You might be wondering how much cash you actually need to have on hand if the stock market volatility, high inflation, and rising interest rates are making you feel shaky.
However, according to financial experts, the ideal amount to have in your emergency fund depends on your family’s demands and condition.
However, it is understandable why investors are concerned about savings given that two-thirds of Americans are concerned about a recession.
According to a June survey from Bankrate, more than half of Americans are now worried about their amount of emergency funds, up from 44% in 2020.
According to a study by Bankrate, roughly one-third of Americans have savings accounts with less than three months’ worth of spending, and almost one-quarter have no emergency fund.
Although historically low returns have made cash less desirable, this may be changing as interest rates rise. And according to experts, the peace of mind that savings gives is valuable.
According to financial gurus, you need the following amount of cash saved up at various stages of your career.
Dual-earner household: Set away enough money for at least three months’ worth of spending
According to Christopher Lyman, a certified financial planner at Allied Financial Advisors in Newtown, Pennsylvania, the standard suggestion for dual-income families is savings equal to three to six months’ worth of living expenditures. The justification is that the family can still cover expenses even if one person loses their job because there are other sources of income.
Individuals: Save up to six months
However, Lyman noted that families with a single earner would benefit from increasing their savings to cover six to nine months’ worth of spending.
Some financial experts advise having larger cash reserves for both single-earner households and dual-income households so that there are “more options” available in the event of a job loss. Finding a new job may not be easy during a recession because of increased unemployment rates that are often associated with them.
Keep 12 to 24 months’ worth of spending in cash, advises Catherine Valega, a CFP and wealth counselor with Green Bee Advisory in Winchester, Massachusetts.
Suze Orman, a best-selling author and personal finance guru, recently told CNBC that she advocates for having eight to twelve months’ worth of spending in savings. “If you lose your job, if you want to leave your job, that gives you the freedom to continue to pay your bills while you’re figuring out what you want to do with your life,” she said.
Entrepreneurs, set aside one year’s worth of business costs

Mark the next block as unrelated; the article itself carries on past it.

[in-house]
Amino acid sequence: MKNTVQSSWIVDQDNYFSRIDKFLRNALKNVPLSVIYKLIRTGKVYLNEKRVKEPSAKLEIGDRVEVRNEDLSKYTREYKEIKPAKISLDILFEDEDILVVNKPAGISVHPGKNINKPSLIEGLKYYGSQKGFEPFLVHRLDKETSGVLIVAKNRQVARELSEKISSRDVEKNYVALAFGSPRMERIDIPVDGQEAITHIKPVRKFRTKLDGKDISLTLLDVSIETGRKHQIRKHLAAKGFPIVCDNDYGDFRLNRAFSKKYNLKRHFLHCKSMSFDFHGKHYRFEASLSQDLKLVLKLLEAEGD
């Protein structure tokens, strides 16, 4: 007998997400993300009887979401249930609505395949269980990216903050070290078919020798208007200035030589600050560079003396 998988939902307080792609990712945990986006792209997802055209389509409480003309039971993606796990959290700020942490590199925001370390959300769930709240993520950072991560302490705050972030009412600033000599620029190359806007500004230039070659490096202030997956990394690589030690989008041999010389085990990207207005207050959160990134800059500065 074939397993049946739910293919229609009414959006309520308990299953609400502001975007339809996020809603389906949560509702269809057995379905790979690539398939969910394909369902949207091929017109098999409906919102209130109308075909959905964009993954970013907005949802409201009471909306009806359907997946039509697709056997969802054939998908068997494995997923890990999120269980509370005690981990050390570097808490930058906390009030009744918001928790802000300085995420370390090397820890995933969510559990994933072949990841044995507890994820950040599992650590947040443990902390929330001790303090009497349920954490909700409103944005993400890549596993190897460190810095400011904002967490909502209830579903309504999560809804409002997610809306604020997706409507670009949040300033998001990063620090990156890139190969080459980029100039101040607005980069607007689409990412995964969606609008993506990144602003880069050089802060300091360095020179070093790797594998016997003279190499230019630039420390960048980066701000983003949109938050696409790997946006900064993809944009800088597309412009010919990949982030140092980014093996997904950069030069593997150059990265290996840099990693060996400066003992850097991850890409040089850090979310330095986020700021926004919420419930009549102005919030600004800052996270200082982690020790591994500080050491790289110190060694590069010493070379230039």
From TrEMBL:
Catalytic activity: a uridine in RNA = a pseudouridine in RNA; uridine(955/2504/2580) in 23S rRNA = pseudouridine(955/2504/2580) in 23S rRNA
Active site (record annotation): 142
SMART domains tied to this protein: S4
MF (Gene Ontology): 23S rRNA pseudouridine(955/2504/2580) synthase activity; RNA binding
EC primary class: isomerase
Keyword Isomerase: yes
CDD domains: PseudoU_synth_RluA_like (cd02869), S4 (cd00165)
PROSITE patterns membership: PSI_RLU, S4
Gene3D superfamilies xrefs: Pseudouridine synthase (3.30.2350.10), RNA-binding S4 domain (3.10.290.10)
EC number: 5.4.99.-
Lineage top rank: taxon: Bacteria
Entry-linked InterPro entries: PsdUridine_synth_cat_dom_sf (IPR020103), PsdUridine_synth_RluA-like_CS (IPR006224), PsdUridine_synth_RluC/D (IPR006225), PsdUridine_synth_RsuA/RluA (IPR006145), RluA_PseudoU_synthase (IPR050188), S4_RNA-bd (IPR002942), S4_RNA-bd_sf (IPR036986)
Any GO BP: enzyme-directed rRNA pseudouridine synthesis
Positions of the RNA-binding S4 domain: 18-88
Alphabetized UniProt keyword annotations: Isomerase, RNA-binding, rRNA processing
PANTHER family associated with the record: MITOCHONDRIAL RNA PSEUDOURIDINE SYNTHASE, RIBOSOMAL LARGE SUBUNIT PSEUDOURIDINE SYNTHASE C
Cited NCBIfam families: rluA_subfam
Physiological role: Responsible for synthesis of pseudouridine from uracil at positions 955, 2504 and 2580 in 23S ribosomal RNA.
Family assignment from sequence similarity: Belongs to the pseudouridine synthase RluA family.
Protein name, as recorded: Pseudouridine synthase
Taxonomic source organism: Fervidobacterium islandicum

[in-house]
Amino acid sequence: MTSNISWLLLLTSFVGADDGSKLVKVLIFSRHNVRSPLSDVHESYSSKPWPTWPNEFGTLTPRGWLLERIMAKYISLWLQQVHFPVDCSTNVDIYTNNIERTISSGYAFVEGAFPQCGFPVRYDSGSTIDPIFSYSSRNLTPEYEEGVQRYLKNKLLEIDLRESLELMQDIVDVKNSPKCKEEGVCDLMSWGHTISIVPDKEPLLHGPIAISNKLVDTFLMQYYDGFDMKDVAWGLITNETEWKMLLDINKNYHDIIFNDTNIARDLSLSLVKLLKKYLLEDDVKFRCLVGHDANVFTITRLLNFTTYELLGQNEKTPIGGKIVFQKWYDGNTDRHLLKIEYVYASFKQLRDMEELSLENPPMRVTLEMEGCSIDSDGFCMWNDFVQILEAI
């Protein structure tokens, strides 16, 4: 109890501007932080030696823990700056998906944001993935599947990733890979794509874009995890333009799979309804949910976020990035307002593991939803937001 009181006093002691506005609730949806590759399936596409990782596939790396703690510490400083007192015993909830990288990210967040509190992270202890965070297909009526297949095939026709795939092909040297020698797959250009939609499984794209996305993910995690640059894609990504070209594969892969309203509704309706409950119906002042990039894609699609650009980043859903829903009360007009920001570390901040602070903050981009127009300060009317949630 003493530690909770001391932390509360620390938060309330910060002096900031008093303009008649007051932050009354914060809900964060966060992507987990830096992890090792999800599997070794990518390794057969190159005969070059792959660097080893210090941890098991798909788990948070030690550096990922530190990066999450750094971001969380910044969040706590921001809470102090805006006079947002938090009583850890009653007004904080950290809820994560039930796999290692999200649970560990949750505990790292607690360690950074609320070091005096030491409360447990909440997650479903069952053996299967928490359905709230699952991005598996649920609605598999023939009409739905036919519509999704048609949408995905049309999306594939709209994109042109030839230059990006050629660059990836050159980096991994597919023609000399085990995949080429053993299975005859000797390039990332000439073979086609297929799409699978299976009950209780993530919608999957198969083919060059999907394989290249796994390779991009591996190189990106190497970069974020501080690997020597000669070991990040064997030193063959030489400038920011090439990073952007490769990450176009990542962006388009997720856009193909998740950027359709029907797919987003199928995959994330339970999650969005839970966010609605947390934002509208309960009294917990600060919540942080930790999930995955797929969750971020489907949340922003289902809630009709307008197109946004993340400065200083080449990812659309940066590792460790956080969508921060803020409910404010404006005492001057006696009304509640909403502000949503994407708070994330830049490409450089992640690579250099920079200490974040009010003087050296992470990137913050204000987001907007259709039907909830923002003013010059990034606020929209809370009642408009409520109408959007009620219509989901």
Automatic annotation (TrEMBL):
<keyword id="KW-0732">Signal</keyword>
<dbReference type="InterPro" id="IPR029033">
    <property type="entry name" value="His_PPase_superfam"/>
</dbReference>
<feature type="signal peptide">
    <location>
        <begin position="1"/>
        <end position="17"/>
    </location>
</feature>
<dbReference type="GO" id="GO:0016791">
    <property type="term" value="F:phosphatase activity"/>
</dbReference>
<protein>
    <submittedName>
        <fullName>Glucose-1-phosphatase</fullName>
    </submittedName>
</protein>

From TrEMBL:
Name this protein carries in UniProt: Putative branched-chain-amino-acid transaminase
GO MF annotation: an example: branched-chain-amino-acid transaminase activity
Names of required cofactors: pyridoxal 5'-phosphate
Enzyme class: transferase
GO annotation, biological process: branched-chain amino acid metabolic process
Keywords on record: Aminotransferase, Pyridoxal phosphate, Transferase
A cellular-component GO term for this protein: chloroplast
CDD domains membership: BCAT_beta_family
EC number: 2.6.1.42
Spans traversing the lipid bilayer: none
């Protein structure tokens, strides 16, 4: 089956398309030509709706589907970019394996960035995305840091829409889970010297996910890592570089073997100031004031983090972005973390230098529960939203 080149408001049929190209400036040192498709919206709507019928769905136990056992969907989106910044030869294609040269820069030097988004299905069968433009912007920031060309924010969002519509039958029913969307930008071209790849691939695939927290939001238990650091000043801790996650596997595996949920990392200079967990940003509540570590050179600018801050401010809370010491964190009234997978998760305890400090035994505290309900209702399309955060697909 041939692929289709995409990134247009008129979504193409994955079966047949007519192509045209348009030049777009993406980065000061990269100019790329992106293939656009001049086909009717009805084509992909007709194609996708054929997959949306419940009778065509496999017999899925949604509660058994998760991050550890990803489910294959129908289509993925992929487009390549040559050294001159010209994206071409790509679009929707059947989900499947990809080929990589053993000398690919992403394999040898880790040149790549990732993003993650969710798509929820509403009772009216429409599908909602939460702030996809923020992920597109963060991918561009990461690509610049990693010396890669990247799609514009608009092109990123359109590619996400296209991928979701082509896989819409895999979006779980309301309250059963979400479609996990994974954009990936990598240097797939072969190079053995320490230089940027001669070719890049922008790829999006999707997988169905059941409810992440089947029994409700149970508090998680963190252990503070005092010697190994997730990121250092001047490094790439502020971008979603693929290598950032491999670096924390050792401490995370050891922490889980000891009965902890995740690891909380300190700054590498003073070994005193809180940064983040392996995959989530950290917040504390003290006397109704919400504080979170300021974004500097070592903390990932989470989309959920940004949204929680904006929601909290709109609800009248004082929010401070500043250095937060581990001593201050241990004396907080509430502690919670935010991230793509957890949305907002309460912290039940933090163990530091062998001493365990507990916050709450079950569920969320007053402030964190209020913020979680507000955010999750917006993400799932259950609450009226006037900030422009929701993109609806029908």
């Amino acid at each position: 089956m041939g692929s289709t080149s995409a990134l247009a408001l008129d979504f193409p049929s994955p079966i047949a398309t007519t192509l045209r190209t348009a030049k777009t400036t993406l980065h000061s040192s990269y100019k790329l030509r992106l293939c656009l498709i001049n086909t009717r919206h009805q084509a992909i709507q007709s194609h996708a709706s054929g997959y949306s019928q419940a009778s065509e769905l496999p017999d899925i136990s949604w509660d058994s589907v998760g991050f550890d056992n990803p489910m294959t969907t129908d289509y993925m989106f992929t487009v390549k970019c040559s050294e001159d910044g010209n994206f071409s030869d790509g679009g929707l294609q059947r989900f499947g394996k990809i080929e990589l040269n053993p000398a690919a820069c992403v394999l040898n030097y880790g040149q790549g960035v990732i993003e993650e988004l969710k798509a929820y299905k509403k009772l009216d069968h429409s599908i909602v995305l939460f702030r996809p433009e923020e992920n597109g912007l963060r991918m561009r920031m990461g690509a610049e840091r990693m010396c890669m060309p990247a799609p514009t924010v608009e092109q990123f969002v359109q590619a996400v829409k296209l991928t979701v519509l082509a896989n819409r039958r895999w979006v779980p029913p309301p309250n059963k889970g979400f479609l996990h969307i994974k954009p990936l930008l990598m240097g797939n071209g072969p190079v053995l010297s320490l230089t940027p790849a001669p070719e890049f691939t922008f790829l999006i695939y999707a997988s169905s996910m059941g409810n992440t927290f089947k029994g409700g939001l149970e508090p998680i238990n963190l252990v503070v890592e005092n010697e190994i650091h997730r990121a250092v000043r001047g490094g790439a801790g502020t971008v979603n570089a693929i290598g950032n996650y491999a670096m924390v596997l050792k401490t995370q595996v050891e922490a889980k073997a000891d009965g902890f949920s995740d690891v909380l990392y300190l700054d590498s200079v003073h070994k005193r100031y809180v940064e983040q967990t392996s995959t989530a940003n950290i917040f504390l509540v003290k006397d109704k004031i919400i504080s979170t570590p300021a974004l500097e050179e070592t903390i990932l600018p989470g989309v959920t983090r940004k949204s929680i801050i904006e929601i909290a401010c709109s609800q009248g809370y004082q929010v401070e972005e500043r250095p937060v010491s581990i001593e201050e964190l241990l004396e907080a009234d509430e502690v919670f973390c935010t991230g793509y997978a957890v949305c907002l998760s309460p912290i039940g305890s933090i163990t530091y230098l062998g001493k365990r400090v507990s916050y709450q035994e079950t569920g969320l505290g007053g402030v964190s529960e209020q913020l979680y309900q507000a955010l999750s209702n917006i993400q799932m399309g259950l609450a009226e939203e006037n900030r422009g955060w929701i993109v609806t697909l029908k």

Lyman advises entrepreneurs and small business owners to strive to set aside one year’s worth of business costs since there is increased economic uncertainty.
“Taking this advice saved quite a few of our business owner clients from shutting down due to the pandemic,” he said.
Retirees: Maintain 1 to 3 years’ worth of cash reserves
Large sums of money might be hard to convince some retirees to part with given the rising cost of living and the paltry return rates on savings accounts. But experts advise maintaining one to three years’ worth of spending on hand.
“Having a sufficient cash buffer is a critical element to making your money last in retirement,” said Brett Koeppel, a CFP and the owner of Buffalo, New York’s Eudaimonia Wealth.
Having enough cash on hand might reduce the urge to sell investments during a down market, a mistake that could cause your retirement funds to deplete more quickly.
Naturally, the precise quantity of money you have on hand in retirement relies on monthly spending and additional income streams.
For instance, if your monthly expenses are $5,000, you receive $1,000 from Social Security and $3,000 from a pension, you may only need between $12,000 and $36,000 in cash.
“This allows you to maintain your longer-term investments without the risk of selling when the stock market is down,” Koeppel said.
Savings is a “very emotional topic”
Flexibility exists in the “right” amount. Lyman acknowledges that money is a “very emotional topic,” noting that some of his clients deviate from his savings advice.
“Some people are uncomfortable having that much money ‘on the sideline’ and not earning anything, especially right now when stocks look to be providing a great buying opportunity,” he said.
Others who were previously “cautious” are now “thoroughly worried about the market,” which prompts them to increase their savings dramatically, according to Lyman.
Leave a Reply